“It Just Works Better”: Introducing the 2:1 Model of Co-Teaching in Teacher Preparation

Christina M. Tschida, Judith J. Smith, Elizabeth A. Fogarty


Many issues influence reform in teacher preparation including national accountability efforts, professional teaching standards, and local or regional factors. This study examines a rurally-located teacher education program’s efforts to reform clinical preparation through co-teaching. Researchers argue that their adaption of the typical one-to-one (1:1) model of co-teaching to a two-to-one (2:1) model, where two teacher candidates work collaboratively with one cooperating teacher, greatly enhances the student teaching experience. This phenomenological research describes the first year of implementation. Despite cooperating teacher concerns about teacher candidates being prepared for their own classrooms, student teachers learned valuable lessons in collaboration and co-planning, built strong relationships with peers and cooperating teachers, and greatly impacted K-6 student learning. Implications suggest a 2:1 co-teaching model of student teaching allows for fewer placements, which ultimately allows selection of quality cooperating teachers who mentor teacher candidates in powerful ways.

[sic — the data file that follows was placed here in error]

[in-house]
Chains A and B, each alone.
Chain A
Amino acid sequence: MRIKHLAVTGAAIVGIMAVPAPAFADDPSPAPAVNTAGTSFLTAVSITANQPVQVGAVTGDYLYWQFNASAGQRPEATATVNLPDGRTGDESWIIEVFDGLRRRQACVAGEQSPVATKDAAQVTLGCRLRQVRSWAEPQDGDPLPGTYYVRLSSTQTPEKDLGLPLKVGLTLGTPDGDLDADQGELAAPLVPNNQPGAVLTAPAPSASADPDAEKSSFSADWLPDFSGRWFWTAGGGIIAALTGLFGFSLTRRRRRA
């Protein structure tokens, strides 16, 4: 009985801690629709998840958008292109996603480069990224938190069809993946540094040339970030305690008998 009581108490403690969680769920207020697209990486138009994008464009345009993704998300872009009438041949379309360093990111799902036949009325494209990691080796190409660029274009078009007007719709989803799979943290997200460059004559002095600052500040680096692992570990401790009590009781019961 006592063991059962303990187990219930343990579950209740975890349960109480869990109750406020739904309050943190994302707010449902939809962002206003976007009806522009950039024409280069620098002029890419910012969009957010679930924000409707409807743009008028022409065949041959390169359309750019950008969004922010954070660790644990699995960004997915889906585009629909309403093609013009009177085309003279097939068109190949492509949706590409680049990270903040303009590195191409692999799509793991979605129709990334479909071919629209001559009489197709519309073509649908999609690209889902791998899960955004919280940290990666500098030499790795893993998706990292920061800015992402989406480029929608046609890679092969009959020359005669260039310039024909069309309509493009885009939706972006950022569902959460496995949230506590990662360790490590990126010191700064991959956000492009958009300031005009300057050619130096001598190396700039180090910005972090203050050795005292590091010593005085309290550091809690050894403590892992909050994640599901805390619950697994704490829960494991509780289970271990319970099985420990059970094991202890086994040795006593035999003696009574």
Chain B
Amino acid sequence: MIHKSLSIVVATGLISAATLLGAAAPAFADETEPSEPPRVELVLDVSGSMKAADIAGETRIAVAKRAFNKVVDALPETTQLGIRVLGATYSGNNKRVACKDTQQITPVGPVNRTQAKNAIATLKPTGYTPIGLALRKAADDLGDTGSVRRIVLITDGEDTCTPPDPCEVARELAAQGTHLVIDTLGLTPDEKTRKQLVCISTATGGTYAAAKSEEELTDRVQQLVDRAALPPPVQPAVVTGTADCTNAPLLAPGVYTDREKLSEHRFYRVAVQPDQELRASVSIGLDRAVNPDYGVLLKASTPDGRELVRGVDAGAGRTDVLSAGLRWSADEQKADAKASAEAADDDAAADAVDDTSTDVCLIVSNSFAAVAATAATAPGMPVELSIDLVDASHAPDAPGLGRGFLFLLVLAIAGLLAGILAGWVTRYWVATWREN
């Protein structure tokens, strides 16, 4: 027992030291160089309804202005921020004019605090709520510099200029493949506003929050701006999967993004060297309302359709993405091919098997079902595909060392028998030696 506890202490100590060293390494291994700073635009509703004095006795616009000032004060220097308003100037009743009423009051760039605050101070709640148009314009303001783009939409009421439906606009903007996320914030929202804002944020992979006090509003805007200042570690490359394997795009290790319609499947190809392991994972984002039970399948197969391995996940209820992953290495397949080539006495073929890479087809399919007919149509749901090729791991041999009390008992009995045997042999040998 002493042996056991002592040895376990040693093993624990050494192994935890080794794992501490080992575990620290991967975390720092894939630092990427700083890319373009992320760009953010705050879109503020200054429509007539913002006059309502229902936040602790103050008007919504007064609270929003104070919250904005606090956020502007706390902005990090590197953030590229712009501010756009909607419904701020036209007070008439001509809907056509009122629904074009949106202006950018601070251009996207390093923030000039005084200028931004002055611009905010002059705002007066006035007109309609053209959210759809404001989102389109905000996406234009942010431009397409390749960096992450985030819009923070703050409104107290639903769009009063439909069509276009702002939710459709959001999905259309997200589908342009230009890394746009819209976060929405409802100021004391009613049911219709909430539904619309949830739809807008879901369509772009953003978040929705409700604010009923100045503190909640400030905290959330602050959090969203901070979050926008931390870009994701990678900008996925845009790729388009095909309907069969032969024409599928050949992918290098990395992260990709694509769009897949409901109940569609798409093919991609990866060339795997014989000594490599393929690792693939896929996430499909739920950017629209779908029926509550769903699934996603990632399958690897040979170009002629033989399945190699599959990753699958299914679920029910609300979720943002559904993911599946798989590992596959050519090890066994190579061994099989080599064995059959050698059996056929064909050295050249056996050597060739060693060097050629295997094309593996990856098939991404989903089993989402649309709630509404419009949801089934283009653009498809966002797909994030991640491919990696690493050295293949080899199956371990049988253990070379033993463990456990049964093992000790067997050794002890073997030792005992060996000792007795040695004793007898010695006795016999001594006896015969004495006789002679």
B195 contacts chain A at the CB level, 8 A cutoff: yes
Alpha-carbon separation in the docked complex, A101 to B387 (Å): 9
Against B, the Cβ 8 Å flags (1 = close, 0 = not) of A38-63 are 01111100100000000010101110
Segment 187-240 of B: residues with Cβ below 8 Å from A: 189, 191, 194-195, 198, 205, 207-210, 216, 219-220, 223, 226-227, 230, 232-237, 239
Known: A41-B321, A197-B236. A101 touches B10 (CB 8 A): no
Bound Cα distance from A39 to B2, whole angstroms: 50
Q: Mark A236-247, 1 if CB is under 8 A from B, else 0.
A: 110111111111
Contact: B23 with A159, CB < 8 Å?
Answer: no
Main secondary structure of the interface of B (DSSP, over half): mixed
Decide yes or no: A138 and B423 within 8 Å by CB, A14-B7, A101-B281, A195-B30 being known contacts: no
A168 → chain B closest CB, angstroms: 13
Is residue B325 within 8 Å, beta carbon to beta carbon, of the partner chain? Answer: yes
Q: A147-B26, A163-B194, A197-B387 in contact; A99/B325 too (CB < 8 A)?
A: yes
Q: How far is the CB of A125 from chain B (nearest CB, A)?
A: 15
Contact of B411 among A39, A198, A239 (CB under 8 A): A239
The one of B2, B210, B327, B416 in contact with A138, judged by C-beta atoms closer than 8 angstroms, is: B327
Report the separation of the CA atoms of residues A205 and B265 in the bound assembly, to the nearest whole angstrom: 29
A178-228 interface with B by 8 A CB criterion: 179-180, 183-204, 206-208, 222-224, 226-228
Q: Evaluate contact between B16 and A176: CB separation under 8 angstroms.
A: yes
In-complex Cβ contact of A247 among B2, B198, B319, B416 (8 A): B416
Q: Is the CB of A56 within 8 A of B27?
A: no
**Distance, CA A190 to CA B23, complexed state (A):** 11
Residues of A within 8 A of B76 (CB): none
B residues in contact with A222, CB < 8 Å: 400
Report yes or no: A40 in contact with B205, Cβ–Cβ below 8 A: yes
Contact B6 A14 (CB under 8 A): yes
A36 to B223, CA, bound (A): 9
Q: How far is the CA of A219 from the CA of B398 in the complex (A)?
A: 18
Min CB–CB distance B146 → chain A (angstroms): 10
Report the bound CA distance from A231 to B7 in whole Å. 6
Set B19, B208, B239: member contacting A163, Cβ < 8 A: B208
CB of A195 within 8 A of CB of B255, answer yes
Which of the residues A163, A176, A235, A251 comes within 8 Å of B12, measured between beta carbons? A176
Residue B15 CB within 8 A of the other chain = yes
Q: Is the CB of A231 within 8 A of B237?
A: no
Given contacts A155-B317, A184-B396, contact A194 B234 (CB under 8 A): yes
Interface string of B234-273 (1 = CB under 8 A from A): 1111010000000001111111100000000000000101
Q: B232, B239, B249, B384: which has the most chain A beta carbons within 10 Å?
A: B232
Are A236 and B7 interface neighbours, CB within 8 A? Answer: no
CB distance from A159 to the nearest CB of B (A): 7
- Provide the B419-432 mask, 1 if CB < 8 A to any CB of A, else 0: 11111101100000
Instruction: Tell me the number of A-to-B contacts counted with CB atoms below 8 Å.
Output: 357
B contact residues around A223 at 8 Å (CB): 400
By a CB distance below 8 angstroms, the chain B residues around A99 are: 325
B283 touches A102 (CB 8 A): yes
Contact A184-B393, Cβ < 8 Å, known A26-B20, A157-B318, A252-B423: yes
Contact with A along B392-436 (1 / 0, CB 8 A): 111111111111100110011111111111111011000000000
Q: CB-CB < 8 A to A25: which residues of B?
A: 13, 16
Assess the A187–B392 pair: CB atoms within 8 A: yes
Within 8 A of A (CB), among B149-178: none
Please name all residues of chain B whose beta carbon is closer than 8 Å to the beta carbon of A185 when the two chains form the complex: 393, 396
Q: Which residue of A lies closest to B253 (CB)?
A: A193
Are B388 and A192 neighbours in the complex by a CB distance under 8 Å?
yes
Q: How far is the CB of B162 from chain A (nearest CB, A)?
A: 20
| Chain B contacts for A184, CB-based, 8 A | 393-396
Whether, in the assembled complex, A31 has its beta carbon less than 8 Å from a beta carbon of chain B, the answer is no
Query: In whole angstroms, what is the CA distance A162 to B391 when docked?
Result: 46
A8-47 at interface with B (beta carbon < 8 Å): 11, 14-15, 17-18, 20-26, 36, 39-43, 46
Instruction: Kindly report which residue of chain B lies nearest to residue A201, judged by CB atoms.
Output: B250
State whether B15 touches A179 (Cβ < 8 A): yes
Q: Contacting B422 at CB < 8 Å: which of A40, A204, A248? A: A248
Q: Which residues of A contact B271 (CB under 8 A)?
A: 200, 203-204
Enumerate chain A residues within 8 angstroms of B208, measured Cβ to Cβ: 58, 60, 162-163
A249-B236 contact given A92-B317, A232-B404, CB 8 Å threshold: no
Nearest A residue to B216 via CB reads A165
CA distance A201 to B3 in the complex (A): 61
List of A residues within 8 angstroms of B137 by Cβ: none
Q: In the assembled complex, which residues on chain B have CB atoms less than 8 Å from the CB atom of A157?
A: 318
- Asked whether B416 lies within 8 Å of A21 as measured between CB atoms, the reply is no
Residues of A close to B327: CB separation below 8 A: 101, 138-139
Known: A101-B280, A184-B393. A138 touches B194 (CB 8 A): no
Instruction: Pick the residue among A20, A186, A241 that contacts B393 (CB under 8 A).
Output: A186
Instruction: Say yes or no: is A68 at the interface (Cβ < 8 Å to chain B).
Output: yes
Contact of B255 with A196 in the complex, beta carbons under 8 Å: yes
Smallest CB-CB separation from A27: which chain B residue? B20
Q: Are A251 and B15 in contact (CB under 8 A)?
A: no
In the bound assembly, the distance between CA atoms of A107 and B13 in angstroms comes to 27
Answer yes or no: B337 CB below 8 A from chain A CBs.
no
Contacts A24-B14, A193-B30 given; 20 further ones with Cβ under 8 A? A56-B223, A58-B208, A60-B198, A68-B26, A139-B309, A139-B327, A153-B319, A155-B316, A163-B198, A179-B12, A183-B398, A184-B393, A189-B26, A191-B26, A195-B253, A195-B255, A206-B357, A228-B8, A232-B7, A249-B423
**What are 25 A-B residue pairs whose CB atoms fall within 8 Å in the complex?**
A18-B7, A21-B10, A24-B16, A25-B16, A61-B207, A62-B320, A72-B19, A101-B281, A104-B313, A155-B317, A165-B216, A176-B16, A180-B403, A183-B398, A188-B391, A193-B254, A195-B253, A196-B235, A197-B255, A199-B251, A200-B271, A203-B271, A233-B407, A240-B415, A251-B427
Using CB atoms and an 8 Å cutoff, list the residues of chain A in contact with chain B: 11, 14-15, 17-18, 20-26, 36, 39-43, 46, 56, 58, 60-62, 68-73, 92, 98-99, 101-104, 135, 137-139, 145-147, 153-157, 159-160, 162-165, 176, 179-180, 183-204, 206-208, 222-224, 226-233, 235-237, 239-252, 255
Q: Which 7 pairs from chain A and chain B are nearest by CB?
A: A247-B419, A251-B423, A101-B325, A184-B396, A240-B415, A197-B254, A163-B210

co-teaching; student teaching; teacher preparation; rural education; clinical field experience


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